A Great collection. Atmospheric and emotional
Reviewed in the United States on 16 August 2004
Regardless of whether or not you think you have, everyone has heard some, probably lots of Morricone's western music in their day.(or at least a parody and/or knock off of it) If you haven't heard of him, just try and imagine some western movie music you've heard. There's a very good chance that his is what you're thinking of. If you like that, you definitely want this.
This collection has over 70 minutes on 31 tracks and is quite compelling from beginning to end. There are a few excessively atmospheric tracks here and there, but they work well in the context of the album, and it never goes too long with out having something a bit more direct. Stylistically, it's got over the top and cheesy but still enjoyable gunfighter ballads, epic main themes, minimalistic, tension-building pieces and, my personal favorite, grandiose, showdown themes, usually driven by a solo trumpet.(And some stuff that doesn't quite fit in any of those categories) The only song that I actively dislike is March of the MacGregors, which I find rather annoying. Everything else is at least decent and listenable, and far more often than not in the very good to excellent range.
Stand out tracks are hard to pick, as it is so consistent. Of the ballads, Lonesome Billy is my favorite. Very schmaltzy and over the top, but fun in it's own way.(Angel Face probably comes in second in that category) Overture, from A Fistful of Dollars and For A Few Dollars More are quite similar, and the best of the classic western main themes. Great whistling in each of them, and they each have a very distinct mood and atmosphere. As I said before, my very favorite tracks are the ones with the lead trumpet, typically backed by acoustic guitar and choir. For A Fistful of Dollars is simply astounding, and is perhaps the most archetypal of the bunch. It has absolutely staggering emotional power as does The Massacre, a similar piece which nearly equals it. Sixty Second to What? perhaps surpasses either of them, combining the powerful trumpet solo with an extremely eerie, minimalist introduction and a rather unexpected Organ interlude. Another brilliant piece, perhaps the single best on the album. From Man to Man is another standout, largely because it is a fairly unique piece, with odd chanting and sorta native feel to it. Man with a Harmonica is excellent as well. Another extremely powerful piece, with great use of the electric guitar and some of the most frightening, desolate harmonica you're likely to hear. I'll cut my self off now, and suffice to say I could go on about the specific tracks like this for some time.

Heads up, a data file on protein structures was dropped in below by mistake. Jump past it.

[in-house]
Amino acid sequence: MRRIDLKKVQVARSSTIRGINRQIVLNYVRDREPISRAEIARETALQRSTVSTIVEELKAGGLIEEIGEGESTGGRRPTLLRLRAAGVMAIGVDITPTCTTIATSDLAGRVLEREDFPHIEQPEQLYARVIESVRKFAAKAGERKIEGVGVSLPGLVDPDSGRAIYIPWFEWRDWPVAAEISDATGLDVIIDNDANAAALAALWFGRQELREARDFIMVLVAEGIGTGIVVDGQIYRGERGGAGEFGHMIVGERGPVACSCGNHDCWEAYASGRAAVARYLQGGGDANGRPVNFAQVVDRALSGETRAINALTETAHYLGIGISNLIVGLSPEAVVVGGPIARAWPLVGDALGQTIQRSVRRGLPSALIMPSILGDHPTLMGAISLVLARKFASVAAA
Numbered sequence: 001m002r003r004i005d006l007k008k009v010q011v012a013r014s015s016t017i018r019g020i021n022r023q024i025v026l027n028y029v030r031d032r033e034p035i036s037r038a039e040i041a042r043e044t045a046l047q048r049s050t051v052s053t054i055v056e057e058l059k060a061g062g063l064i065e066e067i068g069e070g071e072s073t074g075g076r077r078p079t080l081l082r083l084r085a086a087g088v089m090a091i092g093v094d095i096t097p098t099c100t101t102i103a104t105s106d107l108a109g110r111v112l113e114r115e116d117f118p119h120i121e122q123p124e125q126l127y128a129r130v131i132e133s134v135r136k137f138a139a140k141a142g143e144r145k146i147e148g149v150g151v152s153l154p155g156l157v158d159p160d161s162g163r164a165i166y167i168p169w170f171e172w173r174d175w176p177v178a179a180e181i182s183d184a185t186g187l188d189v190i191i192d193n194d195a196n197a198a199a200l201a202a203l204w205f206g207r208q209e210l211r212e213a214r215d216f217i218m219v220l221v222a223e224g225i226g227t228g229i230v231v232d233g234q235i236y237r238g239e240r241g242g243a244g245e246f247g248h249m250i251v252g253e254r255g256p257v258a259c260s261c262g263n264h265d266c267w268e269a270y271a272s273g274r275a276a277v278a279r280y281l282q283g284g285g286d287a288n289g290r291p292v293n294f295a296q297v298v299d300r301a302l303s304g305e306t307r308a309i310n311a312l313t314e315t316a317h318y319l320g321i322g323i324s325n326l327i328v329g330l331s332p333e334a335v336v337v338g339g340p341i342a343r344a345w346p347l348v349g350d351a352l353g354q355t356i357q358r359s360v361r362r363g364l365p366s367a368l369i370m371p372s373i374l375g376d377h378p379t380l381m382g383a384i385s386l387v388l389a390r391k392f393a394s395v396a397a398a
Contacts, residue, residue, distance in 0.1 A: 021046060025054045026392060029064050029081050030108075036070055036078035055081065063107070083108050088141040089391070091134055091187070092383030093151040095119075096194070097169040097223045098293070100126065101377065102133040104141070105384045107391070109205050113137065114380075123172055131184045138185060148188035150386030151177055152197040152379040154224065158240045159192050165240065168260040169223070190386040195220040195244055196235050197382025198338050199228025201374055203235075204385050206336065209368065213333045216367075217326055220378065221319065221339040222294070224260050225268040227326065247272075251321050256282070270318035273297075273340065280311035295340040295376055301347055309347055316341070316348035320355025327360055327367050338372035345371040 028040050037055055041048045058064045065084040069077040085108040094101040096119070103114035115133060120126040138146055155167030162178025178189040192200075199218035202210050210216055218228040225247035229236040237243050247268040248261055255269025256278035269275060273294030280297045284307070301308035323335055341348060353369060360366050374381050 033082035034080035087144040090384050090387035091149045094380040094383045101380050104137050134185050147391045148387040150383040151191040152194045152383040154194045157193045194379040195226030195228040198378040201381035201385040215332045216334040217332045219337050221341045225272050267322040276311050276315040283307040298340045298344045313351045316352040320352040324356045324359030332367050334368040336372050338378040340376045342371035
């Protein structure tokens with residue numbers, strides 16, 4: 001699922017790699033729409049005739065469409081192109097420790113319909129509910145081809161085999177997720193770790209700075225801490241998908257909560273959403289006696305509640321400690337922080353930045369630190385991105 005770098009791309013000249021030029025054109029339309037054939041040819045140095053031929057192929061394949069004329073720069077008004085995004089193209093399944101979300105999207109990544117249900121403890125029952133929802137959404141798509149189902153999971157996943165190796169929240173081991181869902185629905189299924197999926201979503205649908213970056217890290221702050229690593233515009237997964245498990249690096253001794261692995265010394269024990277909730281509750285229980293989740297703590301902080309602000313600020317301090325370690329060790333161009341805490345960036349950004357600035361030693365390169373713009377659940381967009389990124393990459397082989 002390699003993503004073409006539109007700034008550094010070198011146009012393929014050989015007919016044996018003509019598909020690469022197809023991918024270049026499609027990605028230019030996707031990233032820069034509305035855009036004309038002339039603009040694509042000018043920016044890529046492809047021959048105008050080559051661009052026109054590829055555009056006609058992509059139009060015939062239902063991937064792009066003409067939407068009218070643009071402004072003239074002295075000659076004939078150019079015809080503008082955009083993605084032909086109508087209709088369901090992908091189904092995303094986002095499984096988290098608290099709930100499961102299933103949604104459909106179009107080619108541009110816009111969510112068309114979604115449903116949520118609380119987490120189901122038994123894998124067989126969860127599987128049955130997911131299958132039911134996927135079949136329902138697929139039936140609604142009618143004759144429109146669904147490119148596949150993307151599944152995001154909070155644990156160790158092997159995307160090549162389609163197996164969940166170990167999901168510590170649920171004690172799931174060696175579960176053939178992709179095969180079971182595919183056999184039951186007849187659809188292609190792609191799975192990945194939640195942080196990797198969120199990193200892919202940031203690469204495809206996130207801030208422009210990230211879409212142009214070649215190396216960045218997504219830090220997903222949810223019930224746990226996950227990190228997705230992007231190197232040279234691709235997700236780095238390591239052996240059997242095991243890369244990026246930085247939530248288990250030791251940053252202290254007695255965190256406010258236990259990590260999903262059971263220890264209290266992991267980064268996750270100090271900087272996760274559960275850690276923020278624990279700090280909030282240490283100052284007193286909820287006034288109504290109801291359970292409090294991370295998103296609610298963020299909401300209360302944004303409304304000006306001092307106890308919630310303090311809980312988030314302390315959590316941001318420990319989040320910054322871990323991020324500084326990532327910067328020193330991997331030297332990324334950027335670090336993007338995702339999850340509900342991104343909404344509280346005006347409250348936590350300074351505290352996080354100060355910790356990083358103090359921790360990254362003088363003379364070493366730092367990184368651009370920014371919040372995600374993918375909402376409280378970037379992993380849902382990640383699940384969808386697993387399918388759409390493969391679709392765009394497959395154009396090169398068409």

I don't know what else to say about this. It's hard to describe, so if you really haven't heard anything like it I'm probably not gonna be of any help. The only conceivable flaw in this compilation is that it hasn't got anything from The Good, The Bad and The Ugly, so it doesn't quite give a full overview of Morricone's best known western film music. But that is, of course, readily available, unlike mush of the music here, so it's not a total loss. (Obviously, you should pick up that soundtrack as well.) Anyway, that's it. Great music here. Get it.
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